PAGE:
Monday 17 July 2017, 12:52PM
Media release from Merck
New Zealand follows the United States Food and Drug Administration (FDA) in being the second country worldwide to register KEYTRUDA® (pembrolizumab) in combination with chemotherapy for untreated advanced non-small cell lung cancer (NSCLC). 1,2
KEYTRUDA, which was funded for advanced melanoma last year, now has three registrations for advanced non-small cell lung cancer in New Zealand.
Paul Smith, MSD New Zealand Director, says, “This registration; allowing use of KEYTRUDA in combination with platinum-pemetrexed chemotherapy, will provide more lung cancer patients with access to KEYTRUDA.”
Philip Hope, CEO of Lung Foundation New Zealand, says, “Lung cancer causes the highest number of cancer-related deaths in New Zealand, accounting for more than 1,600 deaths per year. More people die of lung cancer than of breast cancer, prostate cancer and melanoma combined.3
“Lung cancer also has a significant impact on Maori compared to the non-Maori population with rates 2.5 to 4 times higher in Maori men and women respectively.3
“We are seeing KEYTRUDA registrations for lung cancer coming through very quickly which is great for New Zealand patients. I am also encouraged to see another chemotherapy - pemetrexed is to be funded; although this took many years.”
Paul Smith, MSD New Zealand Director, says, “Clinical trial results presented at the recent American Society of Clinical Oncology conference; showed 57 percent of KEYTRUDA plus chemotherapy patients responded to treatment versus 30% of patients treated with chemotherapy alone.4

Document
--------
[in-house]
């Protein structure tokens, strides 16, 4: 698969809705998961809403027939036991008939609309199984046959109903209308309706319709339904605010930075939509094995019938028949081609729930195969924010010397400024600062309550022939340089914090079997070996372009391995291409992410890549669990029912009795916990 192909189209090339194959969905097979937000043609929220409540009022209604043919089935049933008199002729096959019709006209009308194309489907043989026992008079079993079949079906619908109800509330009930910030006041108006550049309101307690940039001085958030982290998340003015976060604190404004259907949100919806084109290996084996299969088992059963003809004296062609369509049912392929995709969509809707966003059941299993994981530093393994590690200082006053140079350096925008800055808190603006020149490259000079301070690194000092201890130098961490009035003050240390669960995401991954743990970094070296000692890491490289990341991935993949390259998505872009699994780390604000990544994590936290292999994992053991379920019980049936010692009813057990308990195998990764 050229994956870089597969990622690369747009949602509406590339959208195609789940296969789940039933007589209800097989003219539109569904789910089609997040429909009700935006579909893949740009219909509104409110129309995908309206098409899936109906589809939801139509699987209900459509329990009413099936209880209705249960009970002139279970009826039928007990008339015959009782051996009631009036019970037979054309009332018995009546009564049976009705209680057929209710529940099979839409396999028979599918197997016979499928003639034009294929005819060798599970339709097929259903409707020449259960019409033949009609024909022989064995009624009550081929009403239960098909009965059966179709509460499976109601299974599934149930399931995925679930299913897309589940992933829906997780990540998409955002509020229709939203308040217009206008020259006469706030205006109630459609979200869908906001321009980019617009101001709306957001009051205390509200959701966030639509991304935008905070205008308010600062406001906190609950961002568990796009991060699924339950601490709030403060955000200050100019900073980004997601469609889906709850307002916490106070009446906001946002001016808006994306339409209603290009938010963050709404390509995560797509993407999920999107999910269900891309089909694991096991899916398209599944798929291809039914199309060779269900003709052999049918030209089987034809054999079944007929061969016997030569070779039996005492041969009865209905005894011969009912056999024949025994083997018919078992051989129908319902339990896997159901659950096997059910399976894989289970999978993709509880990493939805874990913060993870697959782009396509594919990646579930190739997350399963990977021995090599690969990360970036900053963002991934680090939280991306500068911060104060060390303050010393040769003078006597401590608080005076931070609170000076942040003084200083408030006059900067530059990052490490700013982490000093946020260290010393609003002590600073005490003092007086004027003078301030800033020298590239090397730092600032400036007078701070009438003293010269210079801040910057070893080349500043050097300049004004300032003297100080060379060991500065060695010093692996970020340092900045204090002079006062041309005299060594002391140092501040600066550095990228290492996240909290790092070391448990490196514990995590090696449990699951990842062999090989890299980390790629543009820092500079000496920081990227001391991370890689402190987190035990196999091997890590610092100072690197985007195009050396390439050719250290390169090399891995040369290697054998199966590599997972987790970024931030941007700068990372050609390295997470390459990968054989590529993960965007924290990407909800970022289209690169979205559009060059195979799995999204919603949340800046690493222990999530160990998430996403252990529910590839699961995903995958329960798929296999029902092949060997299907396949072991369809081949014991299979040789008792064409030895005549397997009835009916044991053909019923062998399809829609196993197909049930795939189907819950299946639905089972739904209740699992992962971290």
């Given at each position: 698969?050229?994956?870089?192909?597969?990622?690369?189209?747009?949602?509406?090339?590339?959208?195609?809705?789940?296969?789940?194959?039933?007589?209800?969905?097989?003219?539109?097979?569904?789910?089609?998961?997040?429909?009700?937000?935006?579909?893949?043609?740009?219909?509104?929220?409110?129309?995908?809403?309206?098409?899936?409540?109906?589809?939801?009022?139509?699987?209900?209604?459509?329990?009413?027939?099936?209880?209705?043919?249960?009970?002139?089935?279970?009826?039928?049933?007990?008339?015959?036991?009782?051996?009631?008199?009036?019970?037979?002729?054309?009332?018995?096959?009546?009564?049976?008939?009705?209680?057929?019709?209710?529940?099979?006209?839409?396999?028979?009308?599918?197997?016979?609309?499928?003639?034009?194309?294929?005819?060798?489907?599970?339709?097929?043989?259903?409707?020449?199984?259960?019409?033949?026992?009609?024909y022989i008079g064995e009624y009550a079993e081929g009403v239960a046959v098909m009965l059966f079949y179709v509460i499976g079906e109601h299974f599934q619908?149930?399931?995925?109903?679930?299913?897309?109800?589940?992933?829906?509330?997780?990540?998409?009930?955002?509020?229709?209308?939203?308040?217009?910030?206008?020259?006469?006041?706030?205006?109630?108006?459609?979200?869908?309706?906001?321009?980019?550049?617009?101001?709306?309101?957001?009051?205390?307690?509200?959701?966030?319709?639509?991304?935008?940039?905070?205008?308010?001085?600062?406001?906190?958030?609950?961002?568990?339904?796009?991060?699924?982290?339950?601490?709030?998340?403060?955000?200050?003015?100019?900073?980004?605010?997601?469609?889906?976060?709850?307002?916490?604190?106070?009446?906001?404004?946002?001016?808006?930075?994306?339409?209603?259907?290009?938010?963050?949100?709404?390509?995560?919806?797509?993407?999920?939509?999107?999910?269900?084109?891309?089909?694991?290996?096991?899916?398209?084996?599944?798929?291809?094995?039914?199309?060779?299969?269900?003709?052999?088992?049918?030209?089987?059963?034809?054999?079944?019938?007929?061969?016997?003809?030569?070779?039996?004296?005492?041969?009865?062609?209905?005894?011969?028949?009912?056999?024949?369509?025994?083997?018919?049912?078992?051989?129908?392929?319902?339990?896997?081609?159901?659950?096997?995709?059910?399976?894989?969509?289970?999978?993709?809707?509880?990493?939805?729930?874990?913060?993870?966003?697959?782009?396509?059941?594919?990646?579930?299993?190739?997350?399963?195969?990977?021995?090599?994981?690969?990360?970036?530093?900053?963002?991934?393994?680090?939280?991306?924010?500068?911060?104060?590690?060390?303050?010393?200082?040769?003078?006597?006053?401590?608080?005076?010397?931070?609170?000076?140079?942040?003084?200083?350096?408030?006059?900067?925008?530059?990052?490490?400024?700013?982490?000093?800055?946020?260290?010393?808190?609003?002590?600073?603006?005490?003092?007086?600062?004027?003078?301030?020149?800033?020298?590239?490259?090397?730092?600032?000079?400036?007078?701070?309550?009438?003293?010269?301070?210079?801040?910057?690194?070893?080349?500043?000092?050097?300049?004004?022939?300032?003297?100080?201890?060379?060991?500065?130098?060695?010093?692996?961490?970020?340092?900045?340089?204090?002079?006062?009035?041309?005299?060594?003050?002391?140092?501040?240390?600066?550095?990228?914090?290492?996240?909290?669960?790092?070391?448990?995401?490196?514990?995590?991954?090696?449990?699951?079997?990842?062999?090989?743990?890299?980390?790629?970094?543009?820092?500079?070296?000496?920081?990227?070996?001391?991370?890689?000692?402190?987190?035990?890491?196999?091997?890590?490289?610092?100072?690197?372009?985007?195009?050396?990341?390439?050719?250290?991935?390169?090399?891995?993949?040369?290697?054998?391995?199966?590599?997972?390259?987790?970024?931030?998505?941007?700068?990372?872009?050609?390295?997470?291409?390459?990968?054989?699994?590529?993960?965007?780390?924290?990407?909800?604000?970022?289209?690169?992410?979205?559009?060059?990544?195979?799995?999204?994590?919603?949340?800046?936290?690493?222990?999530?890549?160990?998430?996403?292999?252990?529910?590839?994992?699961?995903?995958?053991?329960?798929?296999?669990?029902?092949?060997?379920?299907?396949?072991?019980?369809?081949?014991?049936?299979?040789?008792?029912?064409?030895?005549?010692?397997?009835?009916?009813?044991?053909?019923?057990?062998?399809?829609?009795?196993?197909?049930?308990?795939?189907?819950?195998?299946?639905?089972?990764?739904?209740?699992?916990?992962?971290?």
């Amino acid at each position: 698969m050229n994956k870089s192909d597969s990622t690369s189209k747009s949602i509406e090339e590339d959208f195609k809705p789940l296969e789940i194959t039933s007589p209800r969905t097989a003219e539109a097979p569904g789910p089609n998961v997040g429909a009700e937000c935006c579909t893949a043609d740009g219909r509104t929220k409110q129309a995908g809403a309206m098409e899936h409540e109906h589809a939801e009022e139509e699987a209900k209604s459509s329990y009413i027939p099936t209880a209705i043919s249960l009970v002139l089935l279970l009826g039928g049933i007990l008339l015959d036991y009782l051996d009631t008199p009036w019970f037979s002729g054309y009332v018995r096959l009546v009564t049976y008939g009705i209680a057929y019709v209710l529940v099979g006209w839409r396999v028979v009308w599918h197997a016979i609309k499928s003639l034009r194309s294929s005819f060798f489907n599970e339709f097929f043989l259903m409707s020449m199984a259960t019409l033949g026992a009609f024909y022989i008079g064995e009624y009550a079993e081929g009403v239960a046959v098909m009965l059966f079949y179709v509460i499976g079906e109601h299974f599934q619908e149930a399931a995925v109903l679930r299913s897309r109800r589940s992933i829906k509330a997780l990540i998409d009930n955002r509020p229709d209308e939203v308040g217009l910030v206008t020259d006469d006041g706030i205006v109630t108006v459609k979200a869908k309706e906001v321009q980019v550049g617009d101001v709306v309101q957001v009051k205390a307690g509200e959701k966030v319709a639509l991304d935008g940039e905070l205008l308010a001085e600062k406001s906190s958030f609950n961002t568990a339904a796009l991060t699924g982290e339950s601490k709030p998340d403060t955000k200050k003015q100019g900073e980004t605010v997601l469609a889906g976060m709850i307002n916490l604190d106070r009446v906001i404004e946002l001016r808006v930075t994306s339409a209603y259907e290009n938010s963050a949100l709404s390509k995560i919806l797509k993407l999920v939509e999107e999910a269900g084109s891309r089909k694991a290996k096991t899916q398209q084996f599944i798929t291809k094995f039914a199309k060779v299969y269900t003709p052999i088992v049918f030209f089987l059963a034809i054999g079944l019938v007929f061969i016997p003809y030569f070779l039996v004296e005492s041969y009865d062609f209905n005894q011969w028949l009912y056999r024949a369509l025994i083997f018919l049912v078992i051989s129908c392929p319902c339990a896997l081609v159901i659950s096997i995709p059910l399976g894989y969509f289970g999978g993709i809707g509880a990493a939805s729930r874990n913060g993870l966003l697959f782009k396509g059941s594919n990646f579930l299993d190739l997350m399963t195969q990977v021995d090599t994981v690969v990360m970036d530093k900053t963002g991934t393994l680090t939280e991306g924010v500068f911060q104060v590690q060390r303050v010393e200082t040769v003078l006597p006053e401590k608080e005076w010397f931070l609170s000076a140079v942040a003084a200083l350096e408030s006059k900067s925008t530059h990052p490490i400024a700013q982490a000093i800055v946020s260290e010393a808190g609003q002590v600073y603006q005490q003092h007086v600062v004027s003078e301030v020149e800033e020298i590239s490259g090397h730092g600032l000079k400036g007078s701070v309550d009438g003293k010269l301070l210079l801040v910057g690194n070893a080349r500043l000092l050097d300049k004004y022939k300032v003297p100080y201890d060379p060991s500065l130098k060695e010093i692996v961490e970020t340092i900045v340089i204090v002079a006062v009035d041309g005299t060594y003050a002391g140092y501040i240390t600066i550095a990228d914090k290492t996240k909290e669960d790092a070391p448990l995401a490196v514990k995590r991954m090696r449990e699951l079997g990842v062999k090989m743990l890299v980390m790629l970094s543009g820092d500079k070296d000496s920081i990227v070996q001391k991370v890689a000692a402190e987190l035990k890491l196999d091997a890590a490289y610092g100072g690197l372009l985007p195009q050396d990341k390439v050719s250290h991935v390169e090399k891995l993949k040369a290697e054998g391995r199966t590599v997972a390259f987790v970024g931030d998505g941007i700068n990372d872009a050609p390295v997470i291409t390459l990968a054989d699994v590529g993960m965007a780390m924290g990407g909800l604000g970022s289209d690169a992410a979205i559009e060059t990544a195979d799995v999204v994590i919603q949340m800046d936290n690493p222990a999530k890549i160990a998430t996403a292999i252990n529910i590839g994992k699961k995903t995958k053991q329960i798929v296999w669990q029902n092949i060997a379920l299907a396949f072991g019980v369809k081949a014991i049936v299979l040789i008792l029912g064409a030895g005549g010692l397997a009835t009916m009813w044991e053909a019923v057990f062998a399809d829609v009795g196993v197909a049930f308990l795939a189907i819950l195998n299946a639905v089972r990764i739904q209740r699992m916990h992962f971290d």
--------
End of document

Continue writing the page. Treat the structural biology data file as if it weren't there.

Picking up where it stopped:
“Median progression free survival was yet to be reached for KEYTRUDA plus chemotherapy patients, versus 8.9 months for the patients receiving only chemotherapy.4
“Although this study has a relatively short follow-up –14.5 months; it is one of the first studies of chemotherapy in advanced NSCLC patients in which median progression free survival is exceeding one year. 4, 5 Larger, phase three studies are on-going to further confirm these promising early results.
“PHARMAC’s subcommittee PTAC noted last year that survival rates for patients with advanced disease are poor with current treatments. 6 And now we are seeing the clinical trial results for immunotherapy medicines surpassing anything we have seen before in this sub-set of untreated non-small cell lung cancer patients. This is a promising time for all lung cancer sufferers in New Zealand, and it is important that they gain access to the newest and most effective treatments.
“MSD is working with PHARMAC and we are doing all we can to have KEYTRUDA funded for all New Zealanders’ as quickly as possible.
“Patients wanting to access KEYTRUDA should seek further advice from their cancer specialist about the options that may benefit them.”
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